“It’s nothing to be concerned about. It’s just your period. Keep taking ibuprofen,” stated my doctor, as he dismissed my frustrations and concerns about having bled profusely for six months. I nodded numbly in agreement, and left the doctor’s office without another word. Frankly, I didn’t have the energy to argue. I’d been in debilitating pain for a long time and I could barely get out of bed in the mornings. I was crippled by never-ending backache, and felt weak, disorientated and extremely sick. I described these symptoms to my doctor, who was all too keen to dismiss them. He didn’t take my concerns seriously, and he certainly didn’t suggest that I might have a disease called Endometriosis, which affects 10% of the female population (1). That’s 176 million women worldwide. That’s a large number of women out there, who suffer in silence.
Six months after fourteen similar disastrous doctors’ appointments, I was admitted to hospital where I received an internal ultrasound and laparoscopy, which led to a formal diagnosis of this disease. I felt a mixture of relief and absolute dread. I was relieved that my symptoms weren’t just in my head, which my doctors had convinced me, but this relief was swiftly followed by trepidation, because I knew there was no known cure. Endometriosis is a complex condition, and every case is different. There is also a distinct lack of accessible information regarding how to live with it. It took a far kinder (and infinitely more patient) doctor to explain that this disorder is caused by a woman’s endometrium, which is otherwise known as the tissue that usually lines the inside of the uterus. A person suffering from endometriosis will have this tissue growing outside of the uterus and elsewhere in the body. During the menstrual cycle, this tissue creates an inflammatory response in the body. It forms painful lesions, scars, and nodules. These can cause a variety of life-changing symptoms – moderate to severe pain, migraines, fatigue, pain during sex, heavy bleeding, and many more. I knew that I’d made alterations to my life because of this disease, and I wondered how many other women had done the same.
My doctor recommended another laparoscopy, which would be aimed at removing the excess tissue. This is a very popular method of easing the symptoms associated with endometriosis. It isn’t a cure, but there is statistical evidence that it can help in the long term. In a recent study of 176 women who had confirmed endometriosis, 67% of these women noted a lessening of their symptoms after surgery (2). After almost a year of being stuck in bed, and using only ibuprofen to deal with the pain, I told my doctor that I would be a willing participant in this operation. It took two weeks for the hospital to arrange a date, and then I was under the surgeon’s knife. The procedure went without a hitch, but I’d be lying if I said the outcome wasn’t painful. I went home two days later with a stomach that rivalled the size and shape of a good-sized watermelon. I was bloated, sore, and I could barely move. I spent five days in bed, before starting to move around again.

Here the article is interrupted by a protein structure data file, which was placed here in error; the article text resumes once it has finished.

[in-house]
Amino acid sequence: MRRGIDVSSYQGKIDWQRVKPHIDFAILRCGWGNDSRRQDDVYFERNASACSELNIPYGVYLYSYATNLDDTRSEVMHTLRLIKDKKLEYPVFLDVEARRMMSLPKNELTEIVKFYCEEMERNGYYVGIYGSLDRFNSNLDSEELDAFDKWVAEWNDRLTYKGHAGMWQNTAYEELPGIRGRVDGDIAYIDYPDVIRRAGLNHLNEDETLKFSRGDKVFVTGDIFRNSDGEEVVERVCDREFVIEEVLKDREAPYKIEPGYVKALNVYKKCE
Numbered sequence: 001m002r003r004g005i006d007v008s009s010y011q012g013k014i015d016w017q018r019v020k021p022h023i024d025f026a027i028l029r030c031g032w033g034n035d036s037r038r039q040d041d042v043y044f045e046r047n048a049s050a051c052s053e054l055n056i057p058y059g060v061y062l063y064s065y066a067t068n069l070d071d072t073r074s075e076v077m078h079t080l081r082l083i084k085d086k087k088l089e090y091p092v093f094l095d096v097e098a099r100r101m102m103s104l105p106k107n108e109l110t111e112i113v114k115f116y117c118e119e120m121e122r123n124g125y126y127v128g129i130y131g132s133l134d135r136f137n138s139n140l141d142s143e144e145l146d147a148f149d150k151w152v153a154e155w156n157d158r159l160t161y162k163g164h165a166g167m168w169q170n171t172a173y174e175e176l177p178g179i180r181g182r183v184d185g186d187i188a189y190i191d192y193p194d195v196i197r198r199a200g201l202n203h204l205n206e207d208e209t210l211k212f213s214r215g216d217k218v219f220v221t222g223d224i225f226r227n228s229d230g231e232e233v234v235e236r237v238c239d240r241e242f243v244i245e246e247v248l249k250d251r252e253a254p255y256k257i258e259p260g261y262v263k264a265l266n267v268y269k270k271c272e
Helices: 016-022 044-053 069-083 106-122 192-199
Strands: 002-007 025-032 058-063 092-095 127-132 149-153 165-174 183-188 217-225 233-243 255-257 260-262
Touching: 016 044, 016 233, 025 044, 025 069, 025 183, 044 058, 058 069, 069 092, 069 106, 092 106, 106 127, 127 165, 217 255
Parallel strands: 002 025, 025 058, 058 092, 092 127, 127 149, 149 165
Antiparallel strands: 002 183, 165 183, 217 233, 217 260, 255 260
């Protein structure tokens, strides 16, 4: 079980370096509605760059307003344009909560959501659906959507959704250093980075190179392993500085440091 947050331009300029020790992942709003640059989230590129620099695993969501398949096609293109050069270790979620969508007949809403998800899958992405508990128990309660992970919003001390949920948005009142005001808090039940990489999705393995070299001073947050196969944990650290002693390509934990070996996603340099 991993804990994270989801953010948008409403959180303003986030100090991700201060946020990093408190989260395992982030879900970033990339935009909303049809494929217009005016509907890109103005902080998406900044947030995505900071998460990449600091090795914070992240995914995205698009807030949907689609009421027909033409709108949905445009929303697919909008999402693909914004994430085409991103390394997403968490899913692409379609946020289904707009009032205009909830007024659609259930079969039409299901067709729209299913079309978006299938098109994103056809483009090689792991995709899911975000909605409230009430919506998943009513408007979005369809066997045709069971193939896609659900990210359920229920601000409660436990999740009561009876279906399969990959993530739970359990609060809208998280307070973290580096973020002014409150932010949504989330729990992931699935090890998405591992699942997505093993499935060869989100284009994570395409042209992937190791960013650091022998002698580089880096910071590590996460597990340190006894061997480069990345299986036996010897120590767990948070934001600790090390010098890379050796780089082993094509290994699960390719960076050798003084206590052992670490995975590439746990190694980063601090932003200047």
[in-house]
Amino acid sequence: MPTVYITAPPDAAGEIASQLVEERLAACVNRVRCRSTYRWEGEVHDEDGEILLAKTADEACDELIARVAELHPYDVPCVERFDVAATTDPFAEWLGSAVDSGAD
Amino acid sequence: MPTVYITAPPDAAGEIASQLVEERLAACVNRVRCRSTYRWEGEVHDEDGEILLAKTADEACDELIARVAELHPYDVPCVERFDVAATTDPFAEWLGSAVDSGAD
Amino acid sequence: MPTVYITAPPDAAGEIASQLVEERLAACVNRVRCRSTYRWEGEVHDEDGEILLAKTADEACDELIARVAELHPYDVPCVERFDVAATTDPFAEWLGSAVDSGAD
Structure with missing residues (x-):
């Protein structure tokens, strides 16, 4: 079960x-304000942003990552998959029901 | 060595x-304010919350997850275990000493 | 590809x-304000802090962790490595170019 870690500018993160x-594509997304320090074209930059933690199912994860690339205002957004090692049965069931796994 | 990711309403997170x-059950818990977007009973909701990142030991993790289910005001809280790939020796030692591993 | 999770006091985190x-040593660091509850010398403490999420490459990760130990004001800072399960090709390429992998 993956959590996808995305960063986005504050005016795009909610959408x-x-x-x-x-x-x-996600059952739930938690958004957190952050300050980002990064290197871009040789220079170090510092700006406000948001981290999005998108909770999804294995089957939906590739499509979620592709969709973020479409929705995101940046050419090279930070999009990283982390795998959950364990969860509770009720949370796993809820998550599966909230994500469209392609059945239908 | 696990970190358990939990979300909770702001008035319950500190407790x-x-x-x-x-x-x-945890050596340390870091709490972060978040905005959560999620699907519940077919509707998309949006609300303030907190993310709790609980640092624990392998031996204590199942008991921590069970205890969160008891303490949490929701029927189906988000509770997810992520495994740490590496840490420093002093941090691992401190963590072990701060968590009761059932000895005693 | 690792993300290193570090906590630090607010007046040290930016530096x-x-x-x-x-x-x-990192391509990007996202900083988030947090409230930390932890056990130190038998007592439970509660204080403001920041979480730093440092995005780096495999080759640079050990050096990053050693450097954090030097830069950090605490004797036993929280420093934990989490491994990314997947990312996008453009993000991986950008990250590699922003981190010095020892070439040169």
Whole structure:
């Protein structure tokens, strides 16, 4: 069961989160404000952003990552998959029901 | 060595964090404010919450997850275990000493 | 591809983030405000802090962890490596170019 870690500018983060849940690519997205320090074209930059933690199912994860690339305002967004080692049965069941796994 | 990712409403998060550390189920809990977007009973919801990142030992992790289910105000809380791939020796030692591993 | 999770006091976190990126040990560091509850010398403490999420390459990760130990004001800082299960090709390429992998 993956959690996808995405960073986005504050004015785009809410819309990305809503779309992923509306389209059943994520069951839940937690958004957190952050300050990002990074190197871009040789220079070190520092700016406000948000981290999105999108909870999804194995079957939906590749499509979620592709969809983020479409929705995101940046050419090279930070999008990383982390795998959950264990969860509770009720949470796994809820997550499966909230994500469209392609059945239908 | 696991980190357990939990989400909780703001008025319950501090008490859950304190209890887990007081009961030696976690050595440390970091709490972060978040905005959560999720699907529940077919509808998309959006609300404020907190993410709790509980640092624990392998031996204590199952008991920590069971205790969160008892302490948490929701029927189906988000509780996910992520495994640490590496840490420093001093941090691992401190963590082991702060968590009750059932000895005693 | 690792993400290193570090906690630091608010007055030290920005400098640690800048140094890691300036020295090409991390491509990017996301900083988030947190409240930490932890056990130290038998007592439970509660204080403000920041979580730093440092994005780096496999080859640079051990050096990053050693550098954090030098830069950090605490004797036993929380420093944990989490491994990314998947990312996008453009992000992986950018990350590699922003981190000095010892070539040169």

Would I recommend the procedure? I absolutely would. I was far more comfortable for a long time afterwards, and was eventually able to return to work. Unsurprisingly, the lesions returned, and I am always in agony during my menstrual cycle. My doctors still haven’t found a solution to my pain either, although they are more willing to prescribe stronger anti-inflammatories (NSAIDS) to try and keep me out of their waiting rooms. They have recommended hormonal treatment, but as a super sensitive sufferer of anxiety, I declined. It worries me that there isn’t more research going into discovering a cure for this disease, and awareness is fairly rubbish too. As I delve deeper into online communities of the suffering, I’m learning that it can take years to achieve a diagnosis, because the symptoms are simply dismissed. The NHS are also under increasing pressure to see more and more patients within limited timeframes, which results in patients feeling like a number to be ticked off. It almost feels impossible to gain a proper exploration into the symptoms, which was half my battle in the beginning. Awareness has to be key here. There is a still a ridiculous stigma attached to the discussion of the female’s intimate anatomy, but this draconian view needs to be overcome. Doctors must be educated about this debilitating disease that is affecting a huge number of the female population, and be informed about the treatments that are available. It isn’t good enough to send women home when their symptoms are so severe. Doctors have a duty of care to their patients.
I know it’s going to be a long fight, but I’m in it for the long haul, so wish we luck! If you are a woman who is suffering in silence, please reach out to your doctors, health professionals and friends. It’s not something that should be endured alone, nor should it be brushed beneath the carpet.
- (1) Rogers PA, D’Hooghe TM, Fazleabas A, et al. Priorities for endometriosis research: recommendations from an international consensus workshop. Reprod Sci 2009;16(4): 335-46.
- (2) Morris, KA. Living Well with Endometriosis. William Morrow 2006: 97